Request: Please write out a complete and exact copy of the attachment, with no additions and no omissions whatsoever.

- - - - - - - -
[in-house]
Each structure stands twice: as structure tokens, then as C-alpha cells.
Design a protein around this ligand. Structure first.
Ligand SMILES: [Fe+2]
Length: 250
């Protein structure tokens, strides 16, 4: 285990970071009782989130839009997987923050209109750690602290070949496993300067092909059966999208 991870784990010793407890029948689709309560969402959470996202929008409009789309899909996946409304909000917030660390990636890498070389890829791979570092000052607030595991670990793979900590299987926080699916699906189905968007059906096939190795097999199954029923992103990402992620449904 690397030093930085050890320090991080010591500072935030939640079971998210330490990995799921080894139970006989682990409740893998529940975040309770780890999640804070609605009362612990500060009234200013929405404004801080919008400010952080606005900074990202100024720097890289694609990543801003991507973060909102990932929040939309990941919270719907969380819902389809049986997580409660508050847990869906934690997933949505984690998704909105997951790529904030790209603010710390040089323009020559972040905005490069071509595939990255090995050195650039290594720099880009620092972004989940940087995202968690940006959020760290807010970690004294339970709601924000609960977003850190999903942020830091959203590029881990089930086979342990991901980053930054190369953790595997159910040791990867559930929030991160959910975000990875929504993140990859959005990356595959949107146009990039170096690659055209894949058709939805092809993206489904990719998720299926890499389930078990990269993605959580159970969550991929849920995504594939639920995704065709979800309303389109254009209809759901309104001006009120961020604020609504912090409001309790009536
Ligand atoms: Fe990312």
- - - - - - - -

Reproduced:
[in-house]
Each structure stands twice: as structure tokens, then as C-alpha cells.
Design a protein around this ligand. Structure first.
Ligand SMILES: [Fe+2]
Length: 250
């Protein structure tokens, strides 16, 4: 285990970071009782989130839009997987923050209109750690602290070949496993300067092909059966999208 991870784990010793407890029948689709309560969402959470996202929008409009789309899909996946409304909000917030660390990636890498070389890829791979570092000052607030595991670990793979900590299987926080699916699906189905968007059906096939190795097999199954029923992103990402992620449904 690397030093930085050890320090991080010591500072935030939640079971998210330490990995799921080894139970006989682990409740893998529940975040309770780890999640804070609605009362612990500060009234200013929405404004801080919008400010952080606005900074990202100024720097890289694609990543801003991507973060909102990932929040939309990941919270719907969380819902389809049986997580409660508050847990869906934690997933949505984690998704909105997951790529904030790209603010710390040089323009020559972040905005490069071509595939990255090995050195650039290594720099880009620092972004989940940087995202968690940006959020760290807010970690004294339970709601924000609960977003850190999903942020830091959203590029881990089930086979342990991901980053930054190369953790595997159910040791990867559930929030991160959910975000990875929504993140990859959005990356595959949107146009990039170096690659055209894949058709939805092809993206489904990719998720299926890499389930078990990269993605959580159970969550991929849920995504594939639920995704065709979800309303389109254009209809759901309104001006009120961020604020609504912090409001309790009536
Ligand atoms: Fe990312």